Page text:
|New cars < $20,000||$2,480.60||$147.87/yr|
You’re driving along a flat road. A little way off, the road rises up a hill. You decide to accelerate gently before reaching the hill to gain a little bit more momentum to travel over the hill without losing speed nor stressing the engine that much. Let’s see how this situation plays out with a manual and auto (and these are true stories; there is a road laid out like this near my house.)
In the manual car, I’m in 4th gear as I approach the hill. I accelerate gently, gain a bit of speed, and make it over the hill. No gear changes, no surprises, end of story.
In the auto car, the transmission has decided it wants to be in 3rd gear. As I press the accelerator and gain a bit of speed, the car lurches as it changes up to 4th gear, incorrectly assuming that the road will remain flat. As I reach the hill, the car realises it messed up, and lurches again as it changes back to 3rd. This all costs momentum, and I depress the accelerator a little further to make up for wasted petrol. The car then thinks I want to overtake someone, lurches as it downshifts to 2nd, and from the engine comes a screeeeeeeeam as the car starts up the hill at ridiculous speed.
Of course, I’m exaggerating quite a bit. I’ve sort of learned to avoid this kind of situation in an auto, but this whole situation seems absurd. I can see where I’m driving, I can see the road conditions ahead. I know which gear the car should be in. Why should I have to learn how to trick the automatic car into selecting the right gears?
The car is blind, it has no idea what’s coming. While some autos may be smarter than others, even the smartest automatic transmission in the world still has no idea whether the road is about to rise or fall, or whether I’m about to overtake someone else. As I approach a passing lane in a manual, I can downshift, even ride the clutch and build up some momentum in the engine’s flywheel, and then get a burst of acceleration at the instant that I want it. By contrast, all you can do is stamp on the accelerator in an auto, which then downshifts, revs the engine, and then starts to accelerate, costing seconds and causing frustration.
Imagine you’re stuck in the middle of nowhere, with no other cars around. You try to start the car – nothing happens, the battery is flat. Let’s explore the two possible scenarios, in the form of badly-drawn comics. First, the automatic:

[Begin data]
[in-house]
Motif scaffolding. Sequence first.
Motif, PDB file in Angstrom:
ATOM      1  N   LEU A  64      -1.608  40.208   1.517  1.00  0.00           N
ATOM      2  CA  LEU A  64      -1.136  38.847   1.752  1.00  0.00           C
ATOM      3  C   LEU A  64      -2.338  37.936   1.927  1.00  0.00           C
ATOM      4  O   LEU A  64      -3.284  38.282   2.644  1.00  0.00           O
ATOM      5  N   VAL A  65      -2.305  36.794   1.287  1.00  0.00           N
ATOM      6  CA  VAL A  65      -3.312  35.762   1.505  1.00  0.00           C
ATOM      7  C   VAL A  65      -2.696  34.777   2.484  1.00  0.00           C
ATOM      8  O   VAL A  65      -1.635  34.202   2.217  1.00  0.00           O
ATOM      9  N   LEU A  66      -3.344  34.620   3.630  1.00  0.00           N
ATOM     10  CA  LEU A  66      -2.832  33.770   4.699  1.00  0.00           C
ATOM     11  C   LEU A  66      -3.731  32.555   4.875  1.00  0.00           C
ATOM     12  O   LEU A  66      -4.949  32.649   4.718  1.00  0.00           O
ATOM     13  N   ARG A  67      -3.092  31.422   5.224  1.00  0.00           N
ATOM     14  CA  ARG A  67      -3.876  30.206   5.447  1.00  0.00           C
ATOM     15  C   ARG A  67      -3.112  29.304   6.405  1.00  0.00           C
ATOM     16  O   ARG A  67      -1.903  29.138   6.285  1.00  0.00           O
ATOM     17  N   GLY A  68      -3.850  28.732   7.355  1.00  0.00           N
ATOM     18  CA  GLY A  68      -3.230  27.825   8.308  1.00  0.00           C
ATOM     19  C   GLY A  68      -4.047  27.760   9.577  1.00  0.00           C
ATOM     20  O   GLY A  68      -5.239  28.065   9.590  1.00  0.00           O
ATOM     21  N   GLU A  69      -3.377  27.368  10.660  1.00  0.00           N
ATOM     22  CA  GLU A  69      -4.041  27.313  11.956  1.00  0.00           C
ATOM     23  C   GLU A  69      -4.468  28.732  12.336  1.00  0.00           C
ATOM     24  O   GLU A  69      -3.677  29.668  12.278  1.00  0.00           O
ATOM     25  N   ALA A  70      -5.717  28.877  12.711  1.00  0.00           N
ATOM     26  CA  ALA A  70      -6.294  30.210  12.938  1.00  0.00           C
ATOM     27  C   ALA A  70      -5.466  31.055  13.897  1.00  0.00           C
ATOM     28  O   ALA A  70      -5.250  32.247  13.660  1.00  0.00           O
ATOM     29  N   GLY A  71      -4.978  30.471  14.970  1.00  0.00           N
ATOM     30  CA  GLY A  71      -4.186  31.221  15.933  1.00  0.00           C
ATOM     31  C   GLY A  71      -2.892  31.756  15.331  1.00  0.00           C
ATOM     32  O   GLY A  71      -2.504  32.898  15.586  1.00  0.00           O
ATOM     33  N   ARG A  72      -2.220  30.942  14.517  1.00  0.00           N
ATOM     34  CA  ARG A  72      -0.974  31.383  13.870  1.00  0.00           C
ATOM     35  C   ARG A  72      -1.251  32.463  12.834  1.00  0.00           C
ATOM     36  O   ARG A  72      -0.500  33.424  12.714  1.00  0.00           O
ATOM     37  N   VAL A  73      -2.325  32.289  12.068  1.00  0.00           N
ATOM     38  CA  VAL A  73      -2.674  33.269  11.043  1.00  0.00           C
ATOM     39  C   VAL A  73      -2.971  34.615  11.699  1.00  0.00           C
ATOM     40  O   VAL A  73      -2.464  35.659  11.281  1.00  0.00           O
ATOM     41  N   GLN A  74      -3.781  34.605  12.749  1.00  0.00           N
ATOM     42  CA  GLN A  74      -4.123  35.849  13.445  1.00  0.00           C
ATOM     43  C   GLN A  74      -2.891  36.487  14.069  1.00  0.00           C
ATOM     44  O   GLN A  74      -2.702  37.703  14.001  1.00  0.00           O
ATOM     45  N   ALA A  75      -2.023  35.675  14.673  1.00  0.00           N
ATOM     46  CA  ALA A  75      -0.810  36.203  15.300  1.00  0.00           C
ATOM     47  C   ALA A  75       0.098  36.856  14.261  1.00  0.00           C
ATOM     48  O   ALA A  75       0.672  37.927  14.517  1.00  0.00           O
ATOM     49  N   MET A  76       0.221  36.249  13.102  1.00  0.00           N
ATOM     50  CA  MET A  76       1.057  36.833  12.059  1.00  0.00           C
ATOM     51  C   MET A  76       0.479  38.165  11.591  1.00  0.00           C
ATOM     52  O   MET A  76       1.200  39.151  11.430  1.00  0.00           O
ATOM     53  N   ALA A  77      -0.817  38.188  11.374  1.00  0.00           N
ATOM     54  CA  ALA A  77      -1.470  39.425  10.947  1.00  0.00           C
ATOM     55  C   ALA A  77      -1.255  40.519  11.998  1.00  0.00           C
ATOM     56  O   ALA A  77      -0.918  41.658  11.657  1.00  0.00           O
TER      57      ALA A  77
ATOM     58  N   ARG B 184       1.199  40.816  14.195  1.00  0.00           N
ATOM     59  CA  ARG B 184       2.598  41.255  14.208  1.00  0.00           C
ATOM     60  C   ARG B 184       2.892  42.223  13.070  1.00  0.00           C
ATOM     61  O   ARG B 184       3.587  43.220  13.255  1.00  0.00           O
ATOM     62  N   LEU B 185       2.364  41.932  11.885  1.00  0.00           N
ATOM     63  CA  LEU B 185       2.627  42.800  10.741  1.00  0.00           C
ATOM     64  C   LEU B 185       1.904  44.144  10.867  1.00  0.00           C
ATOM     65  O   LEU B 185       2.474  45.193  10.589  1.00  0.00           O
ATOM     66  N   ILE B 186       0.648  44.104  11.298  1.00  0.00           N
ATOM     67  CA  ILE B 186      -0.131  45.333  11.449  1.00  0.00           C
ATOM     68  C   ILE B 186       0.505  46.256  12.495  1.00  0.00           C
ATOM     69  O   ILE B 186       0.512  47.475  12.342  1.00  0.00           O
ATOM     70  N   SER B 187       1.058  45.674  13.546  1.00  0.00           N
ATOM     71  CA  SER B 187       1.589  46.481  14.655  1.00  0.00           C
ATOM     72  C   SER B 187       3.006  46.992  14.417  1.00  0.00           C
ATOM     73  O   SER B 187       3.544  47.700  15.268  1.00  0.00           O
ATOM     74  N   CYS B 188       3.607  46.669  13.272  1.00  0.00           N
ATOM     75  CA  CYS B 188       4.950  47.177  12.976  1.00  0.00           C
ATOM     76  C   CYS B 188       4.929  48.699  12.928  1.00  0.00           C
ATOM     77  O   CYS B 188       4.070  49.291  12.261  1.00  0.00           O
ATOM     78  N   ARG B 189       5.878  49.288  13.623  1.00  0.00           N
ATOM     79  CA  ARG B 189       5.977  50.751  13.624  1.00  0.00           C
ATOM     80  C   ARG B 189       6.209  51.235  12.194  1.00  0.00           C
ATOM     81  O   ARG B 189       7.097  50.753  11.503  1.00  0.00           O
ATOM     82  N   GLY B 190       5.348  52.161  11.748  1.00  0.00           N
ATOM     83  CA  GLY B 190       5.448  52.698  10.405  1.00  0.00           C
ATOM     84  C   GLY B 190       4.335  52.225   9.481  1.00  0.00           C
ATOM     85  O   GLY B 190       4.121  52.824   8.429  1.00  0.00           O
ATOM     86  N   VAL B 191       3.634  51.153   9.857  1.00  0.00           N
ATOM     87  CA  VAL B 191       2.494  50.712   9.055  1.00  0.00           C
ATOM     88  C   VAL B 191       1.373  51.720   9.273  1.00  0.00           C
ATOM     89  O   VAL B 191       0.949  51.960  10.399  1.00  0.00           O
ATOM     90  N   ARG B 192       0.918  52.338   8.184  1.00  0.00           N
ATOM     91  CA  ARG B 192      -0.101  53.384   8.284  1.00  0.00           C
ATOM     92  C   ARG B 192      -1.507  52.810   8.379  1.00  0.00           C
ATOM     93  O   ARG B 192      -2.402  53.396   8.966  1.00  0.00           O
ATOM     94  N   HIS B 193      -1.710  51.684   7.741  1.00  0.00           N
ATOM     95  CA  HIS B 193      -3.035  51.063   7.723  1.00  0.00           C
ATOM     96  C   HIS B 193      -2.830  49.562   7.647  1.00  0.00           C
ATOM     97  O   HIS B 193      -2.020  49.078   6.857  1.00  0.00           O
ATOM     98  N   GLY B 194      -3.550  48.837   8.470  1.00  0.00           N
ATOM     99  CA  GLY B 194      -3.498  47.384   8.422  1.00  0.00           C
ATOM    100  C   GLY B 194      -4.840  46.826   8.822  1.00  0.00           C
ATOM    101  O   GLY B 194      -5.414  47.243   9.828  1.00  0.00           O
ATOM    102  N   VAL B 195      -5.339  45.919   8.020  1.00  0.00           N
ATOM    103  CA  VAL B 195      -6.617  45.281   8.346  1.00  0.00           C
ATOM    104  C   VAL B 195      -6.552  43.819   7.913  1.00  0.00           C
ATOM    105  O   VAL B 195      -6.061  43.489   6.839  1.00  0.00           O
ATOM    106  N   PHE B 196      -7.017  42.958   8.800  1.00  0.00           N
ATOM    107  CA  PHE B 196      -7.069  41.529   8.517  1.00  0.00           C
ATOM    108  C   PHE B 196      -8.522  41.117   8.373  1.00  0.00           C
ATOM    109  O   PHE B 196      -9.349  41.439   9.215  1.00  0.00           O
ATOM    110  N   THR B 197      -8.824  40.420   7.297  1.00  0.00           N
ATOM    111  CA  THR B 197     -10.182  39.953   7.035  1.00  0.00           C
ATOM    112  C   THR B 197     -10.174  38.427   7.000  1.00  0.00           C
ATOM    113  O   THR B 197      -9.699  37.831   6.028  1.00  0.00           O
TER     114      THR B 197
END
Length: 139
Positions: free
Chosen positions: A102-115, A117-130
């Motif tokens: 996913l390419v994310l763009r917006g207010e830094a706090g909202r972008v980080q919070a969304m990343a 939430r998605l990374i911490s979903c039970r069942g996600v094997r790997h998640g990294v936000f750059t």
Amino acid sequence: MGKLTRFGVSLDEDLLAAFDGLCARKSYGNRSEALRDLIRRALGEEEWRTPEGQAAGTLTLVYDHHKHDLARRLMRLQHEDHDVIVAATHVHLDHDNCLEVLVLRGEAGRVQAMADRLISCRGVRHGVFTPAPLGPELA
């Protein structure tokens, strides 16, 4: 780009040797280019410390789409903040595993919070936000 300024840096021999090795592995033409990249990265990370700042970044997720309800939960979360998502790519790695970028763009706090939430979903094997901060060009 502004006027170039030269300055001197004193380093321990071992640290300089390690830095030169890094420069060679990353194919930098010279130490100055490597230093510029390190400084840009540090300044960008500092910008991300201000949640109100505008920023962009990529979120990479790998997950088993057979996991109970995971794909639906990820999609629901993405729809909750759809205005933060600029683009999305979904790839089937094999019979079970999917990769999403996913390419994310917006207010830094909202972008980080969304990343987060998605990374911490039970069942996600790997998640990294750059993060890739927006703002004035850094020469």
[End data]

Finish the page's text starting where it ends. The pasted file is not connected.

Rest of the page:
In short, an automatic car with a flat battery is completely helpless in isolation. You have no choice but to call for help and ask for a jump-start, and let boredom and frustration set in. The story plays out very differently with a manual transmission:
And I’m not making this up. When we left our headlights on in a carpark, it was an exciting opportunity to finally try a push start! I pushed the car along, my friend in the car dropped the clutch in second gear, and the engine roars to life. A fun group exercise – as opposed to an hour stuck in the car bickering about who left the headlights on.
Hilly country roads require lots of braking. Excessive use of the foot brake can lead to overheating and brake fade. It’s very natural for a manual driver (without even thinking) to stay in a lower gear when travelling down a hill to make use of engine braking when travelling downhill, keeping the foot brake cool.
Every time I drive an auto, I almost fall asleep and crash.
An experienced auto driver is at first annoyed and frustrated by the difficulty of using a clutch. But in time, as the driver gains experience, the frustation goes away, and driving the manual becomes completely natural. Zero disadvantages remain after this brief (in the scheme of things) learning curve.
On the other hand, an experienced manual driver is at first annoyed and frustrated by the sensation that you’re not driving a car, but merely suggesting what to do to a clueless computer in the bonnet. And this never changes, because no amount of practice changes the fact that an automatic transmission will always be guessing.
Why force yourself to suffer an entire life of:
- Lack of control
- Fear that a failed battery will delay you for hours rather than minutes (or ignorance of that fact)
- Fear that a failed engine will leave you completely unnecessarily stuck (see the “Appendix” below), even if you have friends willing to tow you